For more seasoned users, the addition of shortcuts can provide new levels of mastery within a product.
This loops back to our point earlier about the balance of control. Shortcuts offer a learning curve for users that want to take control of an interface up a gear, without overwhelming or excluding more novice users.
A classic example of a time-saving navigational shortcut would be Microsoft’s inclusion of the Ctrl+Z, Ctrl+X, Ctrl+C, and Ctrl+V shortcuts for Undo, Cut, Copy, and Paste, in Windows circa 1992.
While commands such as ‘copy’ and ‘paste’ have entered common parlance, combinations of obscure shortcuts still offer deep levels of control unavailable to casual users.
2. Reduce the load
As psychologist George Miller famously posited in 1956, the human brain is only really capable of holding on to around seven pieces of information at one time.
This has significant ramifications for UI design, and the need to not overwhelm the user’s mental bandwidth as they navigate the product. To that end, this UI design principle has vital aspects to bear in mind:
Miller found that human memory separated information into chunks, rather than individual pieces of information.
That’s why it is easier to memorize a phone number with a familiar area code (one chunk), as opposed to a long string of random numbers.
These findings have huge implications for the way information is presented in UI design.
The magic number 7
Browse any app or website, and you will almost certainly see chunking in action. It’s unusual in apps such as eBay or Netflix, for example, to see a carousel of more than seven images at one time.
A huge list of items is simply too much for the brain to compute at once. In order to aid the eye in taking in information, good UI design will compartmentalize information through the clever use of boxes, dividers, fonts, italics, bold, and so on.
You can read more about this in our guide to Miller’s Law.
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3. Design an efficient layout
The screen is the UI designer’s canvas, and an efficient layout on that screen is the bedrock of any product.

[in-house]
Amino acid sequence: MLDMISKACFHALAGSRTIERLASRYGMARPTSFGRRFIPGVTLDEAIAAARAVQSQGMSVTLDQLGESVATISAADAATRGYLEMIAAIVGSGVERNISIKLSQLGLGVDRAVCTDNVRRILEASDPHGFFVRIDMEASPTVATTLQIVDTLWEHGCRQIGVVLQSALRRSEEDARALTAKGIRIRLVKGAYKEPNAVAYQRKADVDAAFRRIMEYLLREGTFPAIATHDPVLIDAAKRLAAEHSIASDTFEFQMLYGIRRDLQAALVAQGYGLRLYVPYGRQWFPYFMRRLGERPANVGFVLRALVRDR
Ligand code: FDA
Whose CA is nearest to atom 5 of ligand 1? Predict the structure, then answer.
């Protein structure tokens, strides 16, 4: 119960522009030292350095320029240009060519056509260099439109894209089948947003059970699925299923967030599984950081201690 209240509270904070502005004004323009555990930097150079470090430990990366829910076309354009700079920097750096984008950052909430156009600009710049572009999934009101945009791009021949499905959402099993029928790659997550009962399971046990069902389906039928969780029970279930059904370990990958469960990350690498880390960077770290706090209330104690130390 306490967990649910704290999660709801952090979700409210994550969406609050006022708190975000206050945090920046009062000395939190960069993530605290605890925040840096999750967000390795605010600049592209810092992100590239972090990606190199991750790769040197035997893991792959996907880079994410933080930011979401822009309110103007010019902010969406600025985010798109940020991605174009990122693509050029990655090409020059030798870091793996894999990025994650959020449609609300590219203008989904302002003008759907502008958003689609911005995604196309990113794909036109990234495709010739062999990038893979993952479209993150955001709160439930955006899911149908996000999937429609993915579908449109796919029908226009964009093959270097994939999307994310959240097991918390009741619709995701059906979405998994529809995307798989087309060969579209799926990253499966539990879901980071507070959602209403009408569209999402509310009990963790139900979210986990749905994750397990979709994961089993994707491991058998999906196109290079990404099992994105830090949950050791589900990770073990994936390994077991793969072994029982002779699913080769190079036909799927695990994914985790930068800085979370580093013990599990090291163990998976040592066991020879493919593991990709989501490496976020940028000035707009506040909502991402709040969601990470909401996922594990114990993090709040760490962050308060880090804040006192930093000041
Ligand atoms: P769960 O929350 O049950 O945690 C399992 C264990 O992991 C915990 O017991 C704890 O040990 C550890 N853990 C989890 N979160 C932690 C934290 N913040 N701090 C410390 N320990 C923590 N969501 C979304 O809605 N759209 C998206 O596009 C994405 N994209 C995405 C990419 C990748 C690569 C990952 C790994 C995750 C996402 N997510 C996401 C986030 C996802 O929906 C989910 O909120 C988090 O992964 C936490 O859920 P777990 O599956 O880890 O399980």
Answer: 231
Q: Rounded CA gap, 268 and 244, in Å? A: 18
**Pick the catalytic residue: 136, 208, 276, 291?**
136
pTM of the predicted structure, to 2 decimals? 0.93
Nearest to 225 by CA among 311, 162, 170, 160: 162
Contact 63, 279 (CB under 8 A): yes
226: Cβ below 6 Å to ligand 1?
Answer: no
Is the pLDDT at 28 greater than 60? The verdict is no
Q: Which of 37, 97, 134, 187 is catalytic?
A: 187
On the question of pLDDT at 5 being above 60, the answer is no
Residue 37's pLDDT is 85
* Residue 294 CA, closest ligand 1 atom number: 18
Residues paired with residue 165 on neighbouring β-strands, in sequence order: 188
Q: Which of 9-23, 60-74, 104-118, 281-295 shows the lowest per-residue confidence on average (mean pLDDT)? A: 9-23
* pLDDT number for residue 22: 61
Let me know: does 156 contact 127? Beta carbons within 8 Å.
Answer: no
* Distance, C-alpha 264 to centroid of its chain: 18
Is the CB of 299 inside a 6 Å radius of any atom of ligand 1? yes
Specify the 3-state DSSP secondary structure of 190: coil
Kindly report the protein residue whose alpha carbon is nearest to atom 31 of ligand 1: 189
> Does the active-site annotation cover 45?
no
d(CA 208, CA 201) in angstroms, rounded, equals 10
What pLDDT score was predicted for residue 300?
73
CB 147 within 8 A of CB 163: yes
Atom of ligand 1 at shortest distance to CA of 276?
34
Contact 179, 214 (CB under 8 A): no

But how do designers know a great layout when they see one? Where should the elements go, and how do they all knit together?
Sticking to layout principles will allow users to neatly traverse your UI, while also taking in the artistry of its design.
Emphasis is one of the most important aspects of UI layout design. Emphasizing certain elements on the screen will draw the user’s attention, allowing you to tell them which parts of the design are most important.
This is crucial information for the user as they navigate their way through the product. Emphasis can be lent to items through the use of scale, positioning, different colors, arrows, bold, and so on.
By adding different levels of emphasis to elements throughout the UI, the designer is able to create what is known as a visual hierarchy.
This totem pole of emphasis allows the designer to dictate the order in which users read the information on the page.
Source: teenage engineering
Looping back to our thoughts on navigation and cognitive load, white space is an invaluable tool in creating the basis of a calming, easily-controlled UI.
Without ample white space, the existing elements of your layout won’t be able to breathe, and the UI design runs the risk of becoming cluttered and overwhelming.
You can read more about the importance of design principles in UI and UX in this article.
4. Be consistent
As with design in branding, consistency in UI design allows the creator to emphasize a clear message about what the product does, and how the user can use it.
It can be tempting to chop and change your design throughout the product, but this will only make for a steeper learning curve.